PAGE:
5 June 2018

Erin McGann - Expat in Germany

Erin McGann - Expat in Germany

We’ve had the chance to talk to Erin McGann, 40, a Canadian expat who has moved to Germany with her family. Mrs McGann, who has been living there for about two years works as a freelance writer with a personal blog http://erinatlarge.com. Read more about her experiences in the full interview below.


Q: Where are you from originally?
A: I’m from Canada.


Q: What made you move out of Canada?
A: Well, the first time my husband and I moved to the UK with his job, then back to Vancouver, Canada, and then we moved to Germany, again with my husband’s job.


Q: Where are you living now? How did you come to choose this new country of residence?
A: We live in Heidelberg, Germany. It was my husband’s job again, but it was a move we were excited about.


Q: How long have you been living in Germany?
A: This summer will mark two years in Germany.


Q: Are you living alone or with your family? If yes, how are they adjusting to the Expat Lifestyle?
A: Yes, it’s myself, my husband and my school-age son. It took some time, obviously, it always does, but once we made some friends it was much easier.


Q: Do you miss home and family sometimes? How do you cope with homesickness?
A: I wouldn’t really call Vancouver ‘home’, as we’ve lived a few places and I had my son in London, so for me that city is important to me as well. I miss knowing where to find certain ingredients, or favourite restaurants, and definitely my mum being nearby. When these feelings threaten to overwhelm me, I try and make some plans around our new home: plan a holiday, research new restaurants, read a book about the local history. It’s important to find things that interest you about where you live now.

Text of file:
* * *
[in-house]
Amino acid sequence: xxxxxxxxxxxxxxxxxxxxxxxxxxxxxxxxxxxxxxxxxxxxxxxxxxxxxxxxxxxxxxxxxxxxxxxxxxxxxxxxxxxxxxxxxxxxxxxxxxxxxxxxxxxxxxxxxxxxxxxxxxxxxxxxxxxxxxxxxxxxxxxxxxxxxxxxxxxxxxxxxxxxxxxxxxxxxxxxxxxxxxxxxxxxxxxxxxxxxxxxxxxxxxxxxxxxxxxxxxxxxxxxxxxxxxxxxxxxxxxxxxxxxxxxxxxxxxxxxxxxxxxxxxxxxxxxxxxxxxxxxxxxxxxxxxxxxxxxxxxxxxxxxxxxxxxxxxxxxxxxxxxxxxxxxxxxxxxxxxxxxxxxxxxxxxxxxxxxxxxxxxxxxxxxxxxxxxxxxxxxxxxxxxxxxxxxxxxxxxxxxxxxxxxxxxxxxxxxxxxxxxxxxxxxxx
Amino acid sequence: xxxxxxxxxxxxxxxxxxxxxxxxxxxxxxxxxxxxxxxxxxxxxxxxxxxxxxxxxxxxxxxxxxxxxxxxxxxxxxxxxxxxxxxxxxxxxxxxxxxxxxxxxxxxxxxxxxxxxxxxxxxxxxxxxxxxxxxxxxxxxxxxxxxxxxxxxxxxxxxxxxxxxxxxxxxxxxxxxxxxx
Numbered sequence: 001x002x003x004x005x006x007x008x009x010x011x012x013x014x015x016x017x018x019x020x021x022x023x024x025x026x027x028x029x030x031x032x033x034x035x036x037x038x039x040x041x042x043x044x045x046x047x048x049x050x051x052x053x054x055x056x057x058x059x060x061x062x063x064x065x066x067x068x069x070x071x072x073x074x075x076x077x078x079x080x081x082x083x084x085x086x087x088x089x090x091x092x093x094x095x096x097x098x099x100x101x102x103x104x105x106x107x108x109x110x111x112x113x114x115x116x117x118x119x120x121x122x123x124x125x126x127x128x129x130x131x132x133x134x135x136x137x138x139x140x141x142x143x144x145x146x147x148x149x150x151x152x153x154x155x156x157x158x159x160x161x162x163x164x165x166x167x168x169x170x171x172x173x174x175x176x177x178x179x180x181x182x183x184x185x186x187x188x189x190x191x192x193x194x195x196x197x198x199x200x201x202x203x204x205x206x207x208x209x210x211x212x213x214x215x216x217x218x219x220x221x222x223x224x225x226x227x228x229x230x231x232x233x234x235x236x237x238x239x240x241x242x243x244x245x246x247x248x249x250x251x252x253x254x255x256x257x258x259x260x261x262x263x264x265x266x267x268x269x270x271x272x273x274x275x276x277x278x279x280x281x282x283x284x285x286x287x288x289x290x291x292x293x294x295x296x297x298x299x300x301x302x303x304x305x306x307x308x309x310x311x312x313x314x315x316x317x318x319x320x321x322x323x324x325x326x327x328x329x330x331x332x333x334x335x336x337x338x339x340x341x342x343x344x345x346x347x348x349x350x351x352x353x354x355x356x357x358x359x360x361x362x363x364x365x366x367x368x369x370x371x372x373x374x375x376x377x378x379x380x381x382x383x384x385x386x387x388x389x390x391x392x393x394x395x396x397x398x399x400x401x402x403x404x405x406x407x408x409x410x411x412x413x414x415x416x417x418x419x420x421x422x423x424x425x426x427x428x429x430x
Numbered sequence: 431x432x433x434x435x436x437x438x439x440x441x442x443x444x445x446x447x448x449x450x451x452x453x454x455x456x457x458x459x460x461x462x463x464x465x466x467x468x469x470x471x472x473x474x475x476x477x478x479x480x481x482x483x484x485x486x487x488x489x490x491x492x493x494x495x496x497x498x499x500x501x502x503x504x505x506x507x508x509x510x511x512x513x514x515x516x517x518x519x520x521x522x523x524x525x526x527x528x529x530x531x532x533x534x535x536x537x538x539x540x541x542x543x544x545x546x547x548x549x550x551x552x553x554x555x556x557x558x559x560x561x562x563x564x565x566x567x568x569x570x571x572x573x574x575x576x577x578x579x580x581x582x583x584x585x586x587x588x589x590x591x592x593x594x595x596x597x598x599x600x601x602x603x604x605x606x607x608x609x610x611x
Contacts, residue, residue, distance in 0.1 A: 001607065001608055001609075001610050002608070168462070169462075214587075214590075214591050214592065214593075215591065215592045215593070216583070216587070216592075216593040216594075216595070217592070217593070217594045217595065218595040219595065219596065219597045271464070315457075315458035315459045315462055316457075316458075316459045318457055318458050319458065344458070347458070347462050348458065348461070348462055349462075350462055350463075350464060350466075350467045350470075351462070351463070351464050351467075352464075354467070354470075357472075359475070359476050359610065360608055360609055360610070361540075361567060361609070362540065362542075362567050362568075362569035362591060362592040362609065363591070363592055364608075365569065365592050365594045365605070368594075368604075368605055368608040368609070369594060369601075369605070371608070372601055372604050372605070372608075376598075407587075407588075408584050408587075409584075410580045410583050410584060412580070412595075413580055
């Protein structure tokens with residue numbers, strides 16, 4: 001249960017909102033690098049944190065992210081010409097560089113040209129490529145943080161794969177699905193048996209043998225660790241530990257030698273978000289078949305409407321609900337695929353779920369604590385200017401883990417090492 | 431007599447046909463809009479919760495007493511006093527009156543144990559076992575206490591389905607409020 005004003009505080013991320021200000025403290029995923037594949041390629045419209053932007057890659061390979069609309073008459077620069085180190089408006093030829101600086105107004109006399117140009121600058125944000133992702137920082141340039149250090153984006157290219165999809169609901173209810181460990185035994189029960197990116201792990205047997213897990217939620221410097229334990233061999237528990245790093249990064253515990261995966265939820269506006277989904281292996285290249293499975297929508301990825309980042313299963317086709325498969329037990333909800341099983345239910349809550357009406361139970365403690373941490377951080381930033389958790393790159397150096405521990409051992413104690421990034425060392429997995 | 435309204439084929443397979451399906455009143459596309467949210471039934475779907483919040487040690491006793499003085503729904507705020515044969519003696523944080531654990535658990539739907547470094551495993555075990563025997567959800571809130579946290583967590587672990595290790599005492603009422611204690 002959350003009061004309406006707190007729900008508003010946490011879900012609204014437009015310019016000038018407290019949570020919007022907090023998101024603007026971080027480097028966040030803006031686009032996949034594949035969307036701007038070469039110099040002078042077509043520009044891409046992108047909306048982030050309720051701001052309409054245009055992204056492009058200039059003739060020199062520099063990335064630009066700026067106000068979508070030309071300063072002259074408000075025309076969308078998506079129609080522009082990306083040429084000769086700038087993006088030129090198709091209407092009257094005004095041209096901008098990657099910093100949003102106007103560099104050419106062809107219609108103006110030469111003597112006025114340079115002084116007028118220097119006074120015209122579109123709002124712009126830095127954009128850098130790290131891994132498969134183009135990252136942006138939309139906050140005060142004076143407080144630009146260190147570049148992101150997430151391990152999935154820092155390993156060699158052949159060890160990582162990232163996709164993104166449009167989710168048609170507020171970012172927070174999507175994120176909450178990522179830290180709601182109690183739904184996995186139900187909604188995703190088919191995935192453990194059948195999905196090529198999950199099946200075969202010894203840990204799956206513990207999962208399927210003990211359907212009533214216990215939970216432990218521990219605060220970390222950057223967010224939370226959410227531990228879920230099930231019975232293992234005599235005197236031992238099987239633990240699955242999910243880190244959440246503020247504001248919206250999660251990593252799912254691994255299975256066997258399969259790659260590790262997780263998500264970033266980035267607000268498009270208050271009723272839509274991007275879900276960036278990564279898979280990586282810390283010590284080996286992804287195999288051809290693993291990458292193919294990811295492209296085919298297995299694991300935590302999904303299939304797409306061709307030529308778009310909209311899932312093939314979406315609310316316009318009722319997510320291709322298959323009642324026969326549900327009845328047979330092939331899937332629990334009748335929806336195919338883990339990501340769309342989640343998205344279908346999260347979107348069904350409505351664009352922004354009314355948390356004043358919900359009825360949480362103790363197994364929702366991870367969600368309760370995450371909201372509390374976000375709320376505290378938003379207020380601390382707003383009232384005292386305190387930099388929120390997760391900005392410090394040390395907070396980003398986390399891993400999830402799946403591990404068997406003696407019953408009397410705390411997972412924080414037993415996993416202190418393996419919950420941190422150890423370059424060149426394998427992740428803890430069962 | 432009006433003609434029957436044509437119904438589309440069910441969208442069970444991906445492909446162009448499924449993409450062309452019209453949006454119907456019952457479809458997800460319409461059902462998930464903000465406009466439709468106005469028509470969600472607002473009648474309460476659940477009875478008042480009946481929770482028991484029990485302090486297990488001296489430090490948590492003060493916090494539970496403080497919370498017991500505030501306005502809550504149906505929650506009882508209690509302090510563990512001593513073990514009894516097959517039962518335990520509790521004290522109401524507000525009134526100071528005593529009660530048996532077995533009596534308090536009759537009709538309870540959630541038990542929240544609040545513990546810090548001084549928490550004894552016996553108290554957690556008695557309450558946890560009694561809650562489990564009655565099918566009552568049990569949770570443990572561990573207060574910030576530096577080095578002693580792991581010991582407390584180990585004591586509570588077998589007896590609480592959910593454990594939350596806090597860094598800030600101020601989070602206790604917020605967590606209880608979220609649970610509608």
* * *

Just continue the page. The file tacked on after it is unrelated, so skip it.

Q: What do you think about the locals?
A: I wouldn’t say you could make a sweeping generalization about any group of people, but we’ve had an overwhelmingly positive experience with local folks here in our little corner of Germany.


Q: Was it easy making friends and meeting people? Do you mainly socialise with other expats in Germany? How did you manage to find a social circle there?
A: I don’t know anyone else from Canada here, and judging by peoples’ surprise when they meet me, I don’t think there are many! It takes time to make friends, I know this from our previous living abroad experiences, so I try to be patient. Having a son in school is really good for meeting people – he’s in a bilingual school rather than the local International school. This means many of his classmates are local kids, and that’s been great. We don’t socialize with many other expats as we’re going to be here long term, and sometimes the mind set of someone only here for two years is quite different.